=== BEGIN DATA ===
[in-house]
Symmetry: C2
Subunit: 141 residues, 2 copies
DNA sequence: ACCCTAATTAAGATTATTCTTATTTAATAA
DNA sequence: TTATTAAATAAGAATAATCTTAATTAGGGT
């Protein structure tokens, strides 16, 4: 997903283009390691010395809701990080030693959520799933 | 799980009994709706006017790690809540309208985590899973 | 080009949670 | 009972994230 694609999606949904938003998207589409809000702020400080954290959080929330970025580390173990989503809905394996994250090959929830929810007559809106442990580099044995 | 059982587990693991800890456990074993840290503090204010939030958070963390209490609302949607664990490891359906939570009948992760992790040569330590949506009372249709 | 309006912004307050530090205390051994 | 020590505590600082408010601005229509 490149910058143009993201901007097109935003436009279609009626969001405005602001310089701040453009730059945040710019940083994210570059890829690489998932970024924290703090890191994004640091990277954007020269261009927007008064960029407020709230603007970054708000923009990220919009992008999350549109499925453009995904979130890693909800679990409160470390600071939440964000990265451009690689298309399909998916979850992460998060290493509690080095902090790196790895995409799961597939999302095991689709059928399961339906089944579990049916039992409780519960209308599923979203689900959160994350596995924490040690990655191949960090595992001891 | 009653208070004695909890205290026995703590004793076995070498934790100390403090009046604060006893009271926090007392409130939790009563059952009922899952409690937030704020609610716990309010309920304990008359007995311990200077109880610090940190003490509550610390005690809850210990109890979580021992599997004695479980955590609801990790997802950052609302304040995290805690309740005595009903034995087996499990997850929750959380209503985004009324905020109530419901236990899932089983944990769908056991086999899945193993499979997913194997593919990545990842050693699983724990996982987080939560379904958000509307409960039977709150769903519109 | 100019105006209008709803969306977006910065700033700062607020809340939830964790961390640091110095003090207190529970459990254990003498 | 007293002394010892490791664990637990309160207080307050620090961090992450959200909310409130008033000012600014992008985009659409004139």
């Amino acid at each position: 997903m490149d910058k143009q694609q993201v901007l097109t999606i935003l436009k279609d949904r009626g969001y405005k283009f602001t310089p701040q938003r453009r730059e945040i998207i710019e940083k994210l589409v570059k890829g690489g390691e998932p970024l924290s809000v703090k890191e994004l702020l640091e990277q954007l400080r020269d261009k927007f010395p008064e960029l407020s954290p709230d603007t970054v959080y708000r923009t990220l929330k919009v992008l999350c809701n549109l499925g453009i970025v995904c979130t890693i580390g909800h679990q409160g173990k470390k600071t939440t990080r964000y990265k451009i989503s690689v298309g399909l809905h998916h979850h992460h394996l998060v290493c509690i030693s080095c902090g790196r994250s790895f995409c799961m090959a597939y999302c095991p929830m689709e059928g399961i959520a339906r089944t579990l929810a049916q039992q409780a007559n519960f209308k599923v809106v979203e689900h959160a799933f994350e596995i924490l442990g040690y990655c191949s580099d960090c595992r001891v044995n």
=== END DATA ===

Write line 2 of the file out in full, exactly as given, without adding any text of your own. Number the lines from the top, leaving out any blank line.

Symmetry: C2